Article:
|from the collection of the Museum of the City of New York
Peter Schermerhorn was born in Stoutenburgh's (later renamed Hyde Park), New York on April 22, 1781. He was one of six children born to Peter and Elizabeth Schermerhorn. The family was one of the oldest and wealthiest in New York. The first Schermerhorns were living in New Amsterdam by 1654.
Peter joined his father's ship chandlery firm in 1802 at which point it was renamed Peter Schermerhorn & Son. His brother, Abraham, joined the firm in 1808. Following their father's death in 1809 they reorganized it as Schermerhorn & Co.
On April 5, 1804 Peter married Sarah Jones, the daughter of John and Eleanor Jones. They purchased the former Robert Dickey mansion at No. 67 Greenwich Street. Peter and Sarah would have six children, two of whom died in childhood.
In 1842 Peter began construction on a new residence at the corner of Great Jones and Lafayette Place in one of the most exclusive residential districts of the city. Completed in 1843 it was a free-standing brick and brownstone mansion. Its prim design featured a rusticated base where a short stoop led to a shallow portico capped by a swan's head pediment.
Shortly after moving into the new town residence, Schermerhorn established a summer estate, "Belmont Farm," overlooking the East River around 84th Street. He had purchased part of the land from John Hardenbrook in 1818 and added Sarah's portion of her father's country seat following his death.
Sarah Schermerhorn died in the Great Jones house on April 28, 1845. Somewhat surprisingly, given his mother's recent death, William Colford Schermerhorn married Ann Elliott Huger Cottonet five months later, on September 24. The couple took up residency with Peter. William's unmarried brother, Edmund Henry, who was 30 years old at the time, also lived in the house.
Unlike his father and uncle, William went into law. He was admitted to the bar in 1842 and eventually took over the management of the massive Schermerhorn estate.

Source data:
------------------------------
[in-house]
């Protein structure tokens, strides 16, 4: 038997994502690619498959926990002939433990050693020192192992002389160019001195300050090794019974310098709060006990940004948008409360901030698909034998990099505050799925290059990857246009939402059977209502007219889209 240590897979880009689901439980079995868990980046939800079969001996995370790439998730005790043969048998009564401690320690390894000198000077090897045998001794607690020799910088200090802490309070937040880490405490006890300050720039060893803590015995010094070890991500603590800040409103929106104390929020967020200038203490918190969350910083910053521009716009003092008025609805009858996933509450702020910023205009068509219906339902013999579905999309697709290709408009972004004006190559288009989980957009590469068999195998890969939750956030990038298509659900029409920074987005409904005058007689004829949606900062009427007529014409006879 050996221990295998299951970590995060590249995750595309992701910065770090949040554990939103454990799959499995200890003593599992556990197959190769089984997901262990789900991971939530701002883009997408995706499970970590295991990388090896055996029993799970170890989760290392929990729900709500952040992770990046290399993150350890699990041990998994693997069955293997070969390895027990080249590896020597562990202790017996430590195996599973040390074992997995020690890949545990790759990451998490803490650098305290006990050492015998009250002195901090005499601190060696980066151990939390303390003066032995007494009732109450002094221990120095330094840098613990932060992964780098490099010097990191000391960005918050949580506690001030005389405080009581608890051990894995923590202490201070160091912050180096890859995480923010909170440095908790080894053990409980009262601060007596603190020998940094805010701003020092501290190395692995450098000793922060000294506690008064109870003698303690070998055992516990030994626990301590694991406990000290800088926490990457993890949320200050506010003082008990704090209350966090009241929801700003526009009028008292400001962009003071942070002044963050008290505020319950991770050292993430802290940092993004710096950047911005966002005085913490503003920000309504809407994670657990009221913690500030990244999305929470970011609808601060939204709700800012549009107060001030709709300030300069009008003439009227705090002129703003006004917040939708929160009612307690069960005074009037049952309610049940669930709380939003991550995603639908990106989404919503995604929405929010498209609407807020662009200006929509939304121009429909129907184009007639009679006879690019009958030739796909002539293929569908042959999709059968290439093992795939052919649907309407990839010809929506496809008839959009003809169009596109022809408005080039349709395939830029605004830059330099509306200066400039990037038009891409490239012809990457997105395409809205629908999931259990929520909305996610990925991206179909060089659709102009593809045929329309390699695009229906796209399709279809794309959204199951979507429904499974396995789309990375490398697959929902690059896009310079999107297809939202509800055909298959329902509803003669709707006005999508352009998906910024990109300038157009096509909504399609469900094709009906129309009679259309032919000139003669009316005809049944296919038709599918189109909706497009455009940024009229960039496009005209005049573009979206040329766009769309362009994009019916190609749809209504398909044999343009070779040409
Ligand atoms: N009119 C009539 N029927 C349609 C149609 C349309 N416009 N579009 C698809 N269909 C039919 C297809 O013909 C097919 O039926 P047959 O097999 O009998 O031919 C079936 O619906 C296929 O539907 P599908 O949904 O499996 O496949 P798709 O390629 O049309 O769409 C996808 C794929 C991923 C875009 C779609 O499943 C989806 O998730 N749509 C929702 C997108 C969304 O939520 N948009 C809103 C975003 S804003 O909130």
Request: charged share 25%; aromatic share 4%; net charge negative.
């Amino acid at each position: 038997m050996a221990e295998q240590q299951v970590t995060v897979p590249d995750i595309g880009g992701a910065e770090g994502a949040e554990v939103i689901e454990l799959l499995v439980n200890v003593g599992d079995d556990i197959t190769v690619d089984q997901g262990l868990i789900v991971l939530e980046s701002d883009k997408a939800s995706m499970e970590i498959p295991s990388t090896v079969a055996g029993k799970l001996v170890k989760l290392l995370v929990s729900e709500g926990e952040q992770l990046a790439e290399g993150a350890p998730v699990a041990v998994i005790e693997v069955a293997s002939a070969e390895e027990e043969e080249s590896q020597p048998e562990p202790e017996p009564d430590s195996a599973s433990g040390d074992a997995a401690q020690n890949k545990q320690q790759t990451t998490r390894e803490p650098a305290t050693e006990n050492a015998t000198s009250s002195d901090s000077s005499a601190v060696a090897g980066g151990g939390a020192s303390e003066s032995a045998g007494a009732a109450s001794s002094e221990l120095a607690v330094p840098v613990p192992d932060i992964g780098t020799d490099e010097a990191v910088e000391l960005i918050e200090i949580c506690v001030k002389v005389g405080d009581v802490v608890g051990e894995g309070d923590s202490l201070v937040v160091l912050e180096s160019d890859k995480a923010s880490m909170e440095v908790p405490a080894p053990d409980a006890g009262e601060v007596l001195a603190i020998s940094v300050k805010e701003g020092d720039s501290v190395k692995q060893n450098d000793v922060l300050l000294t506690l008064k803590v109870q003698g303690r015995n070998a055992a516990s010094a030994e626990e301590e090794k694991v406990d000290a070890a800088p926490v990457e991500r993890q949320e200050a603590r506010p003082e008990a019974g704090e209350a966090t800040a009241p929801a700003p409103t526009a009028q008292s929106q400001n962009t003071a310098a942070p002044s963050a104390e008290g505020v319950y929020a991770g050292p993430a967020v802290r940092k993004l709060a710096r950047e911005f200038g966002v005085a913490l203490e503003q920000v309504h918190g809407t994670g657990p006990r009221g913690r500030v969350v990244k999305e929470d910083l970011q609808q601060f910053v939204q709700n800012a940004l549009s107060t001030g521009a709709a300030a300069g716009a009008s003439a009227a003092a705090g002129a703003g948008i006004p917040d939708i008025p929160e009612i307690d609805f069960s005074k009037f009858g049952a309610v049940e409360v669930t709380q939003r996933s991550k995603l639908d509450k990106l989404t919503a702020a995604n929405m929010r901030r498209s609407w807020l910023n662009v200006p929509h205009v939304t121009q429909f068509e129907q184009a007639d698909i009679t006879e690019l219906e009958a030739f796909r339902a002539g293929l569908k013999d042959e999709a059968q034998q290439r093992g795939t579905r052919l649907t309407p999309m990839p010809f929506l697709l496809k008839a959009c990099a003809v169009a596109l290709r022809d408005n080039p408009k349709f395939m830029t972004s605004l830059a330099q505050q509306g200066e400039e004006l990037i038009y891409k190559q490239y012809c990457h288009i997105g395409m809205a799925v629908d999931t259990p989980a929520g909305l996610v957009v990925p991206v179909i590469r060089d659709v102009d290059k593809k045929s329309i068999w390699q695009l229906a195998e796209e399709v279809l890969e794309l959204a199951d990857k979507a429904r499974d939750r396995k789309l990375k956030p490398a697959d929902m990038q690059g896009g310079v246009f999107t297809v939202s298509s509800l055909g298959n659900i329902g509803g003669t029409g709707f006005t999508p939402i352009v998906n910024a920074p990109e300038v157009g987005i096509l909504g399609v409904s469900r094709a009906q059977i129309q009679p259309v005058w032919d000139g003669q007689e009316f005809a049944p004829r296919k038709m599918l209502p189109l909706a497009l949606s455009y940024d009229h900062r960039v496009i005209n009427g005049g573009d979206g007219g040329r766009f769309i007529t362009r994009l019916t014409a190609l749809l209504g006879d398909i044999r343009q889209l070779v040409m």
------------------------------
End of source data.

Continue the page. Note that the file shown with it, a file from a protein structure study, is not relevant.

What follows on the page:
Peter Schermerhorn died in the Belmont Farm house on June 23, 1852. The house on Great Jones Street was suddenly transformed into a social center.
Ann Schermerhorn, like her husband's cousin Caroline Schermerhorn Astor, was determined to be a social leader. In her 1868 book The Queens of American Society, Elizabeth Fries Ellet wrote, "Mrs. William Schermerhorn has given entertainments to the delight of the fashionable of New York. She was Miss Continet [sic], and was remarkable for beauty and grace, and for the elegance of her reunions."
Her most notable "reunion" in the Great Jones house was her "bal costumé de rigueur" in 1854. Six hundred invitations were sent out for the costume ball. Guests were instructed that costumes of the court of Versailles during the reign of Louis XV were required. Elizabeth Ellet recalled "The dresses, exclusive of jewelry, were said to have cost between forty and fifty thousand dollars; the jewelry over half a million." Ann carried out the details of the theme as far as having period uniforms made for the servants and insisting that the gentlemen who attended shave off their beloved whiskers, moustaches and sideburns.